Help in understanding bypassing capacitor array.

Discussion in 'General Electronics Chat' started by moot, Jan 6, 2010.

  1. moot

    Thread Starter Member

    Sep 20, 2009
    46
    1
    Hopefully this should be a quick question.

    I'm looking at a schematic for a lock-in amplifier (hat-tip: JILA), found here:

    http://jila.colorado.edu/bec/BEC_for_everyone/lockincircuit.htm

    Question: Do I assemble just one of the bypassing capacitor arrays (lower left corner) and then string it to all of the op-amps? Practically speaking, this seems problematic. I'm used to bypassing with a 0.1uF ceramic cap with short leads from power pins to ground on every IC. Here, it would seem that I would need lots of long wires (I'm working on a breadboard).

    Or...is this just something that sits in distant corner of my breadboard and filters out high-freq noise from the +/- 15V power supply to ground? The op-amps powered by the rails now reap the benefits?

    I can do without the Lumberg connector + Molex connector + Power LED, right?

    Thanks!
     
  2. SgtWookie

    Expert

    Jul 17, 2007
    22,182
    1,728
    The rail bypass caps were simply put in one place to reduce clutter in the rest of the schematic.

    The bypass caps actually belong right next to the opamps.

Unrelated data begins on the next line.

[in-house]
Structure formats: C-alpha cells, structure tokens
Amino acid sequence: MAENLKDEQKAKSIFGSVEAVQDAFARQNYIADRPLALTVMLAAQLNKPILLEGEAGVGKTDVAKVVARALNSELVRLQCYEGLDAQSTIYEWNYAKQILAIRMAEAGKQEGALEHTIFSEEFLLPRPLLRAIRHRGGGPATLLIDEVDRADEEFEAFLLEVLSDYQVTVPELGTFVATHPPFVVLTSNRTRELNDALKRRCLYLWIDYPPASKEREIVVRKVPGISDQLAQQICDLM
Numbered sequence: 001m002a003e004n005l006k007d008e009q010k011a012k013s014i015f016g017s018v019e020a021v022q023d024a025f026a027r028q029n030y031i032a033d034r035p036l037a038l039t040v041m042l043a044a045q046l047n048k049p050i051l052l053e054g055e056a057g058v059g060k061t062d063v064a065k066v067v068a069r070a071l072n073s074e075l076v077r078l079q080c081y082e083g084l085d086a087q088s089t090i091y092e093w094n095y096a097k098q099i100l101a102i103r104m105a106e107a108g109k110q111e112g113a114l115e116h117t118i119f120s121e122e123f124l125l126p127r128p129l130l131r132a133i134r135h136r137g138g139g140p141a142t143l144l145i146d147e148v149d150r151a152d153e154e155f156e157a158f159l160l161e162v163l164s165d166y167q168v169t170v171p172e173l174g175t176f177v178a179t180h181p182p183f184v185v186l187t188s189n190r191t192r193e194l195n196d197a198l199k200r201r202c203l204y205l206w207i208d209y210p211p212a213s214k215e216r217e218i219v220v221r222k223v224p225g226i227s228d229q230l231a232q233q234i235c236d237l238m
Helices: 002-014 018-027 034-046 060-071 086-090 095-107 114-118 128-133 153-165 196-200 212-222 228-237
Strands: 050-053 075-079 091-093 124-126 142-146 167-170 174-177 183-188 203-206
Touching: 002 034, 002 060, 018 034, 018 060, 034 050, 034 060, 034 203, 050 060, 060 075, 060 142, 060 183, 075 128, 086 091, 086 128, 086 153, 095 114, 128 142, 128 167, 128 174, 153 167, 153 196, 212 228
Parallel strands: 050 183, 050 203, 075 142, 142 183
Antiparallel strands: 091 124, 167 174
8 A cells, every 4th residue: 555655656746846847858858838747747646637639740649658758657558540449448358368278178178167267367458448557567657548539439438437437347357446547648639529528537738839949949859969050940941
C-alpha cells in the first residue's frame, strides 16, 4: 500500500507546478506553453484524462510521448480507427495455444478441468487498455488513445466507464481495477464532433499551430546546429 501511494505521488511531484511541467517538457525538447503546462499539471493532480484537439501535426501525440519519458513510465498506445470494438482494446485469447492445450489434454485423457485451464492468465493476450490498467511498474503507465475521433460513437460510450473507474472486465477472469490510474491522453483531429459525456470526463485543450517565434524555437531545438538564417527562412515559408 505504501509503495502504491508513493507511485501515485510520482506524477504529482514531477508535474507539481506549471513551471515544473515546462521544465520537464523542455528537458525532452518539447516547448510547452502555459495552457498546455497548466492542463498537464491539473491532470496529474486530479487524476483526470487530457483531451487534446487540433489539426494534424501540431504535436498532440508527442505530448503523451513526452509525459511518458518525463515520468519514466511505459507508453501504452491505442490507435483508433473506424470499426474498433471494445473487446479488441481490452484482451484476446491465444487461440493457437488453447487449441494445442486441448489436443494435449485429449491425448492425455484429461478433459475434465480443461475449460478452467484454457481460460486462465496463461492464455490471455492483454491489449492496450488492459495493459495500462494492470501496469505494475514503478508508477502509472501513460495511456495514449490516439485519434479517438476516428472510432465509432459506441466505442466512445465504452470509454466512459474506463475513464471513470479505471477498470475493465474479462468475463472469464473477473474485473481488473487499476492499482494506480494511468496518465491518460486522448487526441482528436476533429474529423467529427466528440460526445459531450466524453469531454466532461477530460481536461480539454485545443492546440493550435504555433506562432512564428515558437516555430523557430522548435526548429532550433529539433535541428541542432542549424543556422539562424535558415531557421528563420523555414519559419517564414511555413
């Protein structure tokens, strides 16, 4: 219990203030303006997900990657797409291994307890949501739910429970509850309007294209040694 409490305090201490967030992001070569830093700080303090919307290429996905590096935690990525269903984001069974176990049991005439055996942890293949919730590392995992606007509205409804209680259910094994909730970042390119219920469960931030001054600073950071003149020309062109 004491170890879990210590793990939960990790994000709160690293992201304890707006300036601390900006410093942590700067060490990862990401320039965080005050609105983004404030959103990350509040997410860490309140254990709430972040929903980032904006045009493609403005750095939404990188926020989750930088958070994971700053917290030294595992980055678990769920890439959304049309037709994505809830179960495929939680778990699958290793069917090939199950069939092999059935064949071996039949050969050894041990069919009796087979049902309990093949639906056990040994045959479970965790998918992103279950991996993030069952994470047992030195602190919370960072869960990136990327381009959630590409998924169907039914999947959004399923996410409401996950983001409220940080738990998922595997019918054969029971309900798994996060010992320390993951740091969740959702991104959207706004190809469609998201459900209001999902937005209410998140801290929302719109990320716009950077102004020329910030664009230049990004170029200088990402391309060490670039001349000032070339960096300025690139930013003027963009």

U10 gets C100, C101
    U40 gets C400, C401
    etc.

    Sure, you can do without the connectors and power LED - but it might be nice to know if your supply rails are working without having to resort to a DMM to check them.
     
  3. moot

    Thread Starter Member

    Sep 20, 2009
    46
    1
    Thanks!

    Let me make sure I understand, though. I redrew the bypass capacitors and attached it to this post. On each op-amp, I've connected the V+ and V- pins to their respective rails. I then connect the pins to ground with capacitors depending on that particular op-amp, right? So it's no different than what I usually do. It's just shorthand.

    (What's the deal with C1000 and C1001? Are they supposed to go with U10 or J9?..)

    (Also, I'm not going to use the power LED and connectors, since I don't have those parts lying around and I need to begin testing this circuit this afternoon.)
     
  4. SgtWookie

    Expert

    Jul 17, 2007
    22,182
    1,728
    On your breadboard, try to keep the leads short. Having long leads means more inductance. This can result in resonant LC circuits that will give you odd problems.

    Leave C1000 and C1001 where they are.
     
  5. moot

    Thread Starter Member

    Sep 20, 2009
    46
    1
    Alright, got it all sorted out.

    Thanks for the help!
     
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